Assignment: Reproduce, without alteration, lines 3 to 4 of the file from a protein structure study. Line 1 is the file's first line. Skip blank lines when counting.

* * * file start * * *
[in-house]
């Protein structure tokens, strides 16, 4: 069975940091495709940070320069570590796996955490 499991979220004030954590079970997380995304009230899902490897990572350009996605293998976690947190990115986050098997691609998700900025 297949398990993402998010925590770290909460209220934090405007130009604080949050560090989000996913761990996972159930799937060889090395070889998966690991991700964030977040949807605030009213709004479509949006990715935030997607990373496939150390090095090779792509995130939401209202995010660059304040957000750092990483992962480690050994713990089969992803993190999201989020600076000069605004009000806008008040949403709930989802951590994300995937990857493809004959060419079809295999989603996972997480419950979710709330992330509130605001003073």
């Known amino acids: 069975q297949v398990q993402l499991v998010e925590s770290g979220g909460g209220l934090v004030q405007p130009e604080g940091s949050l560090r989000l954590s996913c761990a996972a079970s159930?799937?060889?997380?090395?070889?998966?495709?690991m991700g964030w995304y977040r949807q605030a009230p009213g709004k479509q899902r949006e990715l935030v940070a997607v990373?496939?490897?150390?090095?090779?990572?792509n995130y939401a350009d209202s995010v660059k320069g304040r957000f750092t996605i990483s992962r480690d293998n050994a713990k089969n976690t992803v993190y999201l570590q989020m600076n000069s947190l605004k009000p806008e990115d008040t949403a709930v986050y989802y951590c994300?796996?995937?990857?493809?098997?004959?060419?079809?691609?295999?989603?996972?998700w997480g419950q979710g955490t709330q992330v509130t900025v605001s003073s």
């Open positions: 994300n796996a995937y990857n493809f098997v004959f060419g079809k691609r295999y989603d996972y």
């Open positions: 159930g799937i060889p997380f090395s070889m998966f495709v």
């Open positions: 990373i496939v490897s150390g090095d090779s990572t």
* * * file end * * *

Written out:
């Known amino acids: 069975q297949v398990q993402l499991v998010e925590s770290g979220g909460g209220l934090v004030q405007p130009e604080g940091s949050l560090r989000l954590s996913c761990a996972a079970s159930?799937?060889?997380?090395?070889?998966?495709?690991m991700g964030w995304y977040r949807q605030a009230p009213g709004k479509q899902r949006e990715l935030v940070a997607v990373?496939?490897?150390?090095?090779?990572?792509n995130y939401a350009d209202s995010v660059k320069g304040r957000f750092t996605i990483s992962r480690d293998n050994a713990k089969n976690t992803v993190y999201l570590q989020m600076n000069s947190l605004k009000p806008e990115d008040t949403a709930v986050y989802y951590c994300?796996?995937?990857?493809?098997?004959?060419?079809?691609?295999?989603?996972?998700w997480g419950q979710g955490t709330q992330v509130t900025v605001s003073s």
């Open positions: 994300n796996a995937y990857n493809f098997v004959f060419g079809k691609r295999y989603d996972y």